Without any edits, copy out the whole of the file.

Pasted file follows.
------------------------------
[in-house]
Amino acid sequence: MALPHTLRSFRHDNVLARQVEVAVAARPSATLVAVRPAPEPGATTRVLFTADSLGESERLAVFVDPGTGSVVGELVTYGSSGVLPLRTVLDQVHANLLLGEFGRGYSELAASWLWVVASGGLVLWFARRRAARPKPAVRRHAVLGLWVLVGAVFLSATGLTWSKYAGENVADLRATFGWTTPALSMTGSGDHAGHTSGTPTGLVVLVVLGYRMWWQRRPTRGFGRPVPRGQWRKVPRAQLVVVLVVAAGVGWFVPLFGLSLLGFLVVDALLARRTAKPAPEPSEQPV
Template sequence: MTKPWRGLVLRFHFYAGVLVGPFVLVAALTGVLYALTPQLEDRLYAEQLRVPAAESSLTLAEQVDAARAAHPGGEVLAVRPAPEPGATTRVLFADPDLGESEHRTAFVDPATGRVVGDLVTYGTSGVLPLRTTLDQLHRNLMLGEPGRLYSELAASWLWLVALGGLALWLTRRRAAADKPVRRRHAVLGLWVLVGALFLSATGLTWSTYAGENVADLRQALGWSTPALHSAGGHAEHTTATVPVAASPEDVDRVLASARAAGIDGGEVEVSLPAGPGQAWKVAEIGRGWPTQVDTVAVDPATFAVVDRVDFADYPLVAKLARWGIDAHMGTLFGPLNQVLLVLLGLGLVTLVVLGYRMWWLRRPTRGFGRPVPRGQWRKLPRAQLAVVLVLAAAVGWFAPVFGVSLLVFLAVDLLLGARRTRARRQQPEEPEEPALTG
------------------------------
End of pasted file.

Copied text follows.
[in-house]
Amino acid sequence: MALPHTLRSFRHDNVLARQVEVAVAARPSATLVAVRPAPEPGATTRVLFTADSLGESERLAVFVDPGTGSVVGELVTYGSSGVLPLRTVLDQVHANLLLGEFGRGYSELAASWLWVVASGGLVLWFARRRAARPKPAVRRHAVLGLWVLVGAVFLSATGLTWSKYAGENVADLRATFGWTTPALSMTGSGDHAGHTSGTPTGLVVLVVLGYRMWWQRRPTRGFGRPVPRGQWRKVPRAQLVVVLVVAAGVGWFVPLFGLSLLGFLVVDALLARRTAKPAPEPSEQPV
Template sequence: MTKPWRGLVLRFHFYAGVLVGPFVLVAALTGVLYALTPQLEDRLYAEQLRVPAAESSLTLAEQVDAARAAHPGGEVLAVRPAPEPGATTRVLFADPDLGESEHRTAFVDPATGRVVGDLVTYGTSGVLPLRTTLDQLHRNLMLGEPGRLYSELAASWLWLVALGGLALWLTRRRAAADKPVRRRHAVLGLWVLVGALFLSATGLTWSTYAGENVADLRQALGWSTPALHSAGGHAEHTTATVPVAASPEDVDRVLASARAAGIDGGEVEVSLPAGPGQAWKVAEIGRGWPTQVDTVAVDPATFAVVDRVDFADYPLVAKLARWGIDAHMGTLFGPLNQVLLVLLGLGLVTLVVLGYRMWWLRRPTRGFGRPVPRGQWRKLPRAQLAVVLVLAAAVGWFAPVFGVSLLVFLAVDLLLGARRTRARRQQPEEPEEPALTG